Urban Issues

Dispersion in US Metros Increases Even Before COVID-19: New Census Estimates

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The latest US Census Bureau metropolitan area population estimates (for 2019) were largely lost in the coverage of the COVID-19 pandemic.  read more »

The Pandemic Road to Serfdom

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Even before the outbreak of the Covid-19 pandemic, America, like most higher-income countries, was already heading toward a neo-feudal future: massive inequality, ever-greater concentrations of power, and increasingly widespread embrace of a uniform (albeit secular) religion. The pandemic, all too reminiscent of the great plagues of the Middle Ages, seems destined to accelerate this process.  read more »

Letter from Los Angeles: The Death of Small Business is a Tragedy for Jewish Community and Democracy

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“Small-scale commercial production is, every moment of every day, giving birth spontaneously to capitalism and the bourgeoisie…wherever there is small business and freedom of trade, capitalism appears.”— V.I. Lenin  read more »

Subways Seeded the NYC Epidemic: MIT Economist

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Like so many of us, Bret Stephens, an opinion columnist for The New York Times is stunned at the concentration of COVID-19 virus deaths in New York City, as well as the rest of the metropolitan area. In an April 25, 2019 article entitled “America Should Not Have to Play by New York Rules,” Stephens points out that the “number of Covid deaths per 100,000 residents in New York City (132) is more than 16 times what is in America’s next largest city, Los Angeles (8).”  read more »

The Coronavirus Means You May Have Seen Your Last Skyscraper, New York

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While Gov. Andrew Cuomo has warned that “we are your future,” since “what happens to New York is going to wind up happening to California and Washington state and Illinois” and the New York Times has blared that "This Is Going to Kill Small-Town America," the COVID-19 death rate in the United States appears to be more than twice as high in large urban counties as in high-density suburbs, and nearly twice as high in high-density suburbs than in lower-density ones.  read more »

Angelenos Love Suburban Sprawl: Coronavirus Proves Them Right

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For nearly a century, Los Angeles’ urban form has infuriated urbanists who prefer a more concentrated model built around a single central core.

Yet, in the COVID-19 pandemic, our much-maligned dispersed urban pattern has proven a major asset. Los Angeles and its surrounding suburbs have had a considerable number of cases, but overall this highly diverse, globally engaged region has managed to keep rates of infection well below that of dense, transit-dependent New York City.  read more »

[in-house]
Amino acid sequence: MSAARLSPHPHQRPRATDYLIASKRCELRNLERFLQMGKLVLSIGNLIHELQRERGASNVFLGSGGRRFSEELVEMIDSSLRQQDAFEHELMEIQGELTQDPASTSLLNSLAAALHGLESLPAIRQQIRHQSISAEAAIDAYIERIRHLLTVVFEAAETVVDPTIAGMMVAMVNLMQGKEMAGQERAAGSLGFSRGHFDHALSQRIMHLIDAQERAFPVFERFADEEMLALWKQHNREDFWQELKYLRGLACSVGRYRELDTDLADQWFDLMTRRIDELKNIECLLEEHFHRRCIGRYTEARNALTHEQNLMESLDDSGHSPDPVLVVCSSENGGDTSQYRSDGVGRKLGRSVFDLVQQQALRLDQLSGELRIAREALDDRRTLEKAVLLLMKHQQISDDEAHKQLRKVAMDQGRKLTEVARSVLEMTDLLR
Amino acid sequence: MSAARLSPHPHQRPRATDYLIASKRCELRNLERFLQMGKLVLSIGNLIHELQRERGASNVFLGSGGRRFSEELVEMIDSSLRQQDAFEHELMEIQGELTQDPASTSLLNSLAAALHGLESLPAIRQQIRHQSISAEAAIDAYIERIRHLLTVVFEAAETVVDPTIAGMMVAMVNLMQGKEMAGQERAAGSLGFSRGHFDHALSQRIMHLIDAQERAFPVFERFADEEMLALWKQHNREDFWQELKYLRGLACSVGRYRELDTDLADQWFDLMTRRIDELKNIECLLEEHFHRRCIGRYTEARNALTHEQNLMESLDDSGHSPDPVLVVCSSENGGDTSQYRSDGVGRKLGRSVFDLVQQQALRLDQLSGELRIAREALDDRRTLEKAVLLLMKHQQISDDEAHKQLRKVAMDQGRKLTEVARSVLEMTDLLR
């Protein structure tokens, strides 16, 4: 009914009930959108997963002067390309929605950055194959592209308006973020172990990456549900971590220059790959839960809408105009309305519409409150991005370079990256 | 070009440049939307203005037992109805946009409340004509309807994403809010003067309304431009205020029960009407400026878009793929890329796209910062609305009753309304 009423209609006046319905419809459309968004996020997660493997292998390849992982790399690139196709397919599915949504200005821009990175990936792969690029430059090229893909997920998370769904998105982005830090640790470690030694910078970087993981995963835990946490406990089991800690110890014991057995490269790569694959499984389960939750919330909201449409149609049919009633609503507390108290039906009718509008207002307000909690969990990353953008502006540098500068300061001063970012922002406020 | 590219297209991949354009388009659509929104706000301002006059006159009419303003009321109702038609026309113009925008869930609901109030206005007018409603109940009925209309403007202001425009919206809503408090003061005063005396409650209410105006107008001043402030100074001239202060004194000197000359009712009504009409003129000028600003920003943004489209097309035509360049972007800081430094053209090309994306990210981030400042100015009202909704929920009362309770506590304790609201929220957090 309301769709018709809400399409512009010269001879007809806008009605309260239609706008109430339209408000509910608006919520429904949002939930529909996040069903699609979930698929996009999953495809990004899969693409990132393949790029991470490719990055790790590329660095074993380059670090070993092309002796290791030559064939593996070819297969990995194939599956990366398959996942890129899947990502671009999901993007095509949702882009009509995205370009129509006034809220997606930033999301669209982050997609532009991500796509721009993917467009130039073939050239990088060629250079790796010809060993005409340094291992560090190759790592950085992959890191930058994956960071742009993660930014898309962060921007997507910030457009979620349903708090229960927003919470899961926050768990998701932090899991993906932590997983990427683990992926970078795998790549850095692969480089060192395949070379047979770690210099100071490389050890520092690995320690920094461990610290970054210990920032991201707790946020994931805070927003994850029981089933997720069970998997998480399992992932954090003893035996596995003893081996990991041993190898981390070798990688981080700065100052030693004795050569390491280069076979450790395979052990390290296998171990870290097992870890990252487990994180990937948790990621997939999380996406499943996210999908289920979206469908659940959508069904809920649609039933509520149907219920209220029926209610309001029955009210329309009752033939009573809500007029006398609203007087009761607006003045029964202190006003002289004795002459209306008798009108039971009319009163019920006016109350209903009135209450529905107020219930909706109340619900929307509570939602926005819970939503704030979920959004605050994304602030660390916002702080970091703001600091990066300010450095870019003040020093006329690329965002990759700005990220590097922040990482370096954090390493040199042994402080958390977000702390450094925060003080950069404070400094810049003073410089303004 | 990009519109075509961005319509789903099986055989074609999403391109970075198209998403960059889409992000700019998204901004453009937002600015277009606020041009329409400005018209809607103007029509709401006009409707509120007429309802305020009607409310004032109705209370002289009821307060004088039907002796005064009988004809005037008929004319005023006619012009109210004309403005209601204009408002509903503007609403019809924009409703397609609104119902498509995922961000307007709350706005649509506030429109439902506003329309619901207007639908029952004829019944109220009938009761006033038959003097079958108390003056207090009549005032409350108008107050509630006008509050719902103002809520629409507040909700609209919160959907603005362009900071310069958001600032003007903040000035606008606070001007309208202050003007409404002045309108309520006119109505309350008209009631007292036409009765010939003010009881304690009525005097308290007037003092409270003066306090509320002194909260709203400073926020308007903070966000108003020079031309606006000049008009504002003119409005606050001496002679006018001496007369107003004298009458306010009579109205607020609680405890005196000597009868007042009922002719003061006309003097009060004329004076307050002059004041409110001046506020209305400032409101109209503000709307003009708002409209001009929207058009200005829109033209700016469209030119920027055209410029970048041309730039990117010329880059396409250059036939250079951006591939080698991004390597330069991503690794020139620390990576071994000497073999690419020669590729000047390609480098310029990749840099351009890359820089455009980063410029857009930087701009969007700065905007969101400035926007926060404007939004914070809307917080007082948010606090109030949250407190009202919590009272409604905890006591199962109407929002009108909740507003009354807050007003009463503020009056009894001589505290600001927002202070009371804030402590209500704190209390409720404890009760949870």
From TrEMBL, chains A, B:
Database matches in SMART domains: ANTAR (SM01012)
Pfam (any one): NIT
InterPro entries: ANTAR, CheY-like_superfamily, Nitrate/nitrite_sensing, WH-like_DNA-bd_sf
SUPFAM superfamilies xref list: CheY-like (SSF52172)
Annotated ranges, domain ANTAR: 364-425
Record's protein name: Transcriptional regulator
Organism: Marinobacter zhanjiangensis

California's Post-Corona Challenges

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California has, at least to date, escaped the worst effects of Covid-19.  read more »

A Look at Demographia's Latest Housing Affordability Survey

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*In this interview, Wendell Cox talks about Demographia’s latest housing affordability . Wendell Cox is an American urban policy analyst and academic. He is the principal of Demographia (Wendell Cox Consultancy). The survey is co-authored with Hugh Pavletich of Performance Urban Planning.

 

Hites Ahir: You recently released the 16th Annual Demographia International Housing Affordability Survey: 2020. Tell us about the housing affordability measure used in the survey.  read more »

Coronavirus and the Future of Work

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The long-term effects of the coronavirus outbreak on our society and business landscape are yet to be determined. But one thing we know is that a big swath of American businesses is conducting a large-scale experiment with remote work (aka work from home). Many of them have also made large investments in infrastructure to support it; one company bought 20,000 laptops for their employees, for example. The coronavirus shutdown will create new capabilities for remote work within firms large and small, and produce a treasure trove of findings about what works well and what doesn’t.  read more »

Varieties of Exposure Density: A California Perspective

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A reader forwarded me an analysis of COVID-19 cases analyzed by the population density of California’s counties. The analysis had the concept right — if an infection is spread person to person, as in the case of COVID-19, then population density is likely to be an important “seeding” factor. That is there is virtually universal agreement that we need to practice social distancing of 6 feet or two meters to minimize the spread.  read more »